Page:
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Stormy weather in Haywards Heath: Telephone lines down throughout the town

Updated: Sep 27, 2020

Mid Sussex Times - Tuesday 14 January 1908




It was a great surprise to many people in Haywards Heath on Wednesday morning to see, on looking out of their windows, that the Snow King had cast his mantle upon the ground, but it was a still greater surprise to those who were on the telephone at the southern end of the town to find, when they went to “ring up,” that there was no response from the Post Office. Those who sought to know the cause received the startling intelligence that the blizzard which swept over the district shortly before daybreak had brought about the fall of the telephone standards and wires in different quarters of the district.

Fortunate indeed was it that the disaster occurred at an hour when there was very little traffic in the streets, for had it been otherwise, in all probability we should have had to record serious injuries or loss of life.

So far as we can ascertain the first iron standard collapsed a little after six o’clock, in Paddockhall Road. It was the one near the cottage occupied by Henry Green, coachman to Mr. T. Bannister, J.P., and its downward progress was luckily stayed by some trees. The wires dangled incessantly upon the roof, making such unearthly music that on first hearing the inmates were almost scared out of their wits. At the east end of Church Road the iron standard presented a curious sight, being bent after the shape of a shepherd’s crook. The longest line of destruction, however, was that of the trunk line from London to Brighton, which passes through the town by the way of Scrase Bridge, Oathall Road, and Sussex Road on to Wivelsfield. From Brunswick School in Oathall Road to the New Inn, Wivelsfield Road—a stretch of about a mile —every standard came to grief, damaging in the fall fences and trees. From Sussex Road to the New Inn the scene with the wires all over the road was strange one, and in dwelling upon what might have happened householders have reason to rejoice that the wreckage of property was so slight.

Mr.H.Chapman.draper, had a shop lamp damaged, the blind irons outside the sweet shop of Mr. Kingsbury were bent, and part of the roof of the cottage occupied by Mrs. Manners and family was knocked in. At Mr. Box’s shop, opposite the Heath Hotel, the falling wires struck a lad in his employ, named Reginald Backshall. who was sweeping away the snow, and slightly cut his forehead. Mr. Maynard, Jun., who was driving a milk cart in Hazelgrove Road, had a very narrow escape. The falling wires slightly injured, however, a lad in the cart. But for prompt assistance from passers by the horse would have bolted. In Wivelsfield Road a standard crashed into the window of the shop belonging to Mr. J. Wood, baker, scattering the plate glass in all directions.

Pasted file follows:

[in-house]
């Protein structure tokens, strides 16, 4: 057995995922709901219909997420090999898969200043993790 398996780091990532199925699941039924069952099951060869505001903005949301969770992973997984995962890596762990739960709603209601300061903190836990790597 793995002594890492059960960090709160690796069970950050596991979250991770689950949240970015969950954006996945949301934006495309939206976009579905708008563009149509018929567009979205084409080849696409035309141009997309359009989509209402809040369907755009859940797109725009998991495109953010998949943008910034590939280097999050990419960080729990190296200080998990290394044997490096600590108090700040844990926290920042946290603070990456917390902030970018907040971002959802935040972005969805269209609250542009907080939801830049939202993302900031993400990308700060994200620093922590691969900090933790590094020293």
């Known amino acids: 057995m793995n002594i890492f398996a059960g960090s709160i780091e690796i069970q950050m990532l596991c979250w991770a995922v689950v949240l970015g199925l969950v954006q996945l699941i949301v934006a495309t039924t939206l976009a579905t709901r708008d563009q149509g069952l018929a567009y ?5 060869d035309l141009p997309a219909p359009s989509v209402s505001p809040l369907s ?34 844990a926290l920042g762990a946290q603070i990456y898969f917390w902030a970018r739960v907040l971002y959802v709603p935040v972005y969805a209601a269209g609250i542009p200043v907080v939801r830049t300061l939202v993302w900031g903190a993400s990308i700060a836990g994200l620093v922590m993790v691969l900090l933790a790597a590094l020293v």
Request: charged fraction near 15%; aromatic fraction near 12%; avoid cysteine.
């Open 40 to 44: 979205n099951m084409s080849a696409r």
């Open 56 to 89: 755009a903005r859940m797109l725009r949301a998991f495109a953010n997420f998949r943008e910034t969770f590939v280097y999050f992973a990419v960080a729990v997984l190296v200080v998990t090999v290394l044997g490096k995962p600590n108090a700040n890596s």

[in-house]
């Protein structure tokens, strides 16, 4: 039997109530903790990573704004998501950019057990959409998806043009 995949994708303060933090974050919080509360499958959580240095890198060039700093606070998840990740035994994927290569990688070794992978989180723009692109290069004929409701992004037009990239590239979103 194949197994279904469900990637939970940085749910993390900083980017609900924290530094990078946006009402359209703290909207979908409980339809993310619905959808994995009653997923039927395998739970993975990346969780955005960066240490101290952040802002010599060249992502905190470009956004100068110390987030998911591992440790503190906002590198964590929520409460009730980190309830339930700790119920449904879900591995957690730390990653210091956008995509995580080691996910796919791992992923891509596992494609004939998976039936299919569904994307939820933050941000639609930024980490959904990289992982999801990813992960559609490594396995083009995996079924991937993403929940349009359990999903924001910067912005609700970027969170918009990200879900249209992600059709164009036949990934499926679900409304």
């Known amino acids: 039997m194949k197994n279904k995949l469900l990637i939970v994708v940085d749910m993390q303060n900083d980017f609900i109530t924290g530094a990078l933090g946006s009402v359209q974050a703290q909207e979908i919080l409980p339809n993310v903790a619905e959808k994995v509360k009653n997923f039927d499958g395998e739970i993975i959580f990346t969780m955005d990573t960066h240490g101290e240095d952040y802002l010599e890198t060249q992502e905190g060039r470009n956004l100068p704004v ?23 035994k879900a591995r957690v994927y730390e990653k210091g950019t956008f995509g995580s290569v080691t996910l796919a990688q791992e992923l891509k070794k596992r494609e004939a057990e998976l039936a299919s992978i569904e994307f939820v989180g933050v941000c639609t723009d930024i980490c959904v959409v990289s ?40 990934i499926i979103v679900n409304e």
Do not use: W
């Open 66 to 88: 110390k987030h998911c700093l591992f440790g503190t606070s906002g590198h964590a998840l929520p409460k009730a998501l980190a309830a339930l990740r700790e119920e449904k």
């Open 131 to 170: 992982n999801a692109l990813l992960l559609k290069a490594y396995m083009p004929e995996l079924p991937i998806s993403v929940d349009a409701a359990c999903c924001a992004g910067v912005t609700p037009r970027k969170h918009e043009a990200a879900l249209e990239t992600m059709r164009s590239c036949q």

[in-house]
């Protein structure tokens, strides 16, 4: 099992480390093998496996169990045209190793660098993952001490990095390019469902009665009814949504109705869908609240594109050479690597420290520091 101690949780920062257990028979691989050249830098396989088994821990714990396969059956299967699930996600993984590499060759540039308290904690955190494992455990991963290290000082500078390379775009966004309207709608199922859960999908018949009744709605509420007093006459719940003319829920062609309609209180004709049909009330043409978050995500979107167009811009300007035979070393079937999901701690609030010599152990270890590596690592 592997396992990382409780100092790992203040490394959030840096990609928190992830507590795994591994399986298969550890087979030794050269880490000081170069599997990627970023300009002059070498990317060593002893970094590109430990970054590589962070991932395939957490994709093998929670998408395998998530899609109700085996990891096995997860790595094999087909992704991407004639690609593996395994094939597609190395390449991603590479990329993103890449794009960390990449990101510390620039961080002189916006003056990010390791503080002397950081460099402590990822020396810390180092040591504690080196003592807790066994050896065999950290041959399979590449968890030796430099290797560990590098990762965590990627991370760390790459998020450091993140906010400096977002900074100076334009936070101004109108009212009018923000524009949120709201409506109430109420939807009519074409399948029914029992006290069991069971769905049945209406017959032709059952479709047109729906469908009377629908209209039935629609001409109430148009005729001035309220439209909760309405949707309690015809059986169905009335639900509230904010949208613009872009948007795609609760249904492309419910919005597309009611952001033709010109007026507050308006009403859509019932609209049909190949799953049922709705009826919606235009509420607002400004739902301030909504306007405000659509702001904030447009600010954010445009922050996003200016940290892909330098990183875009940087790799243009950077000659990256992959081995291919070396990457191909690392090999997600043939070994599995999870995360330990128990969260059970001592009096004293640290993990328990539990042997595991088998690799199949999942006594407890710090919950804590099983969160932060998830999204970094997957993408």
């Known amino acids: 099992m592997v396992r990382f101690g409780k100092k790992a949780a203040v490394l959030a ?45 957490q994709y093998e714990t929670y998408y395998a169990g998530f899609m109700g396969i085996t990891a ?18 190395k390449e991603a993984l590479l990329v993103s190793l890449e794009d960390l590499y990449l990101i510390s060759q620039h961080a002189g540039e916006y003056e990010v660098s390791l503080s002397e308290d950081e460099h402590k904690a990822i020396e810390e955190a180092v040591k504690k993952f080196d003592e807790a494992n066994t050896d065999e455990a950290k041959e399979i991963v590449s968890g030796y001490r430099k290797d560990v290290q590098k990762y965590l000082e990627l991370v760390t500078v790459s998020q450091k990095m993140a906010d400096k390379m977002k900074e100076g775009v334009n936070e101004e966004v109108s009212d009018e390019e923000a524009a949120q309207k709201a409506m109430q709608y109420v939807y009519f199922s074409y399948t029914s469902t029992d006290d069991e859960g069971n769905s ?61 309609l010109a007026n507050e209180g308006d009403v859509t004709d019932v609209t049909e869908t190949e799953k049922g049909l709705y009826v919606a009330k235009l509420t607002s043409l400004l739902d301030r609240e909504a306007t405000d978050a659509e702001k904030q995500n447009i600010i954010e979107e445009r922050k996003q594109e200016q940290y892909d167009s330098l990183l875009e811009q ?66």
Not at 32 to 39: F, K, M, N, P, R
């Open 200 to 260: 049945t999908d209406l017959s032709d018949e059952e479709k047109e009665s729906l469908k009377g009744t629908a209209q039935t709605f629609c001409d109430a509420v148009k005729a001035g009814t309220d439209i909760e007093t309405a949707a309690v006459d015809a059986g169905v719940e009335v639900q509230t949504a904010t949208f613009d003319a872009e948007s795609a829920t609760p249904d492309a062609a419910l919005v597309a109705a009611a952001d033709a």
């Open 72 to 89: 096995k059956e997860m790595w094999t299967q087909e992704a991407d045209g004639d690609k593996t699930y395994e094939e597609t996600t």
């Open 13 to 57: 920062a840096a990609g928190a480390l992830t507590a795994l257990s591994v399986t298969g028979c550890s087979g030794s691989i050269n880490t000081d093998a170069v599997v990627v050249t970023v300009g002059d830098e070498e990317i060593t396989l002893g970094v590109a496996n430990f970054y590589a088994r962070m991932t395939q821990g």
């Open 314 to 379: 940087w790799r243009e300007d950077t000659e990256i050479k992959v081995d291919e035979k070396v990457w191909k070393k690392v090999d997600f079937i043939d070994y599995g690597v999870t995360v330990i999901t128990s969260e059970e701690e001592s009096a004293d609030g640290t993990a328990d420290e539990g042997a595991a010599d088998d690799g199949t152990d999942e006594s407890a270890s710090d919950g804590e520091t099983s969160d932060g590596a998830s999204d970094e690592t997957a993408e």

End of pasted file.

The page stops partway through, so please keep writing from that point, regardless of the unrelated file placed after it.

Corporal Comins, the linesman, assisted by many willing hands, worked hard throughout the day to gather up the wires and to place the standards in positions that would cause the public no inconvenience. In the afternoon a Government official named Captain Roberts came down from London to inspect the disaster, as also did the officers in charge of the District telephones— Captain Rathbone, R.E., and Captain Cunningham.

In all thirty standards collapsed. We were informed that the breakdown was the greatest that had happened in the South of England since the installation of the telephone. The havoc played amongst the wires and standards was entirely due—according to an official report—to the extraordinary violence and the suddenness of the blizzard just at the time when the overhead plant was heavily weighted with snow.


The Post Office Telephone Department made application to the Haywards Heath Urban Council on Thursday for permission to erect wooden poles in place of the fallen iron standards to carry the Post Office telephone wires through the town, and on Friday afternoon there was held a special meeting of the Council to consider the matter. Mr. A. R. Pannett, J.P., presided, others present being Messrs. Hilton, Vivash, Attree, Dobbie, Longley, Plummer and Finch. Captain Cunningham, R.E., and Mr. T. E. P. Stretche, Assistant Superintending Engineer, G.P.O., had an interview with the Council, and urged the importance of the work of re-erecting poles being promptly proceeded with. The Clerk (Mr. E. J. Waugh) presented a numerously-signed petition from freeholders and occupiers of houses in Oathall Road and its neighbourhood, pointing out that the disaster to the telephone wires illustrated the disadvantage and danger of having such an immense number of wires carried through the thoroughfares overhead, and asked the Council to bring the strongest possible pressure to bear upon the Post Office authorities in order to persuade them to place all the wires underground in this section of the main road.

Mr. Stretche held out little prospect of the petitioners’ request being acceded to.

The Council unanimously passed a resolution regretting their inability to allow wooden poles to be erected, as requested, and we understand that the Postmaster-General is to be petitioned by the Council to authorise the placing of the trunk telephone lines running through Haywards Heath underground.


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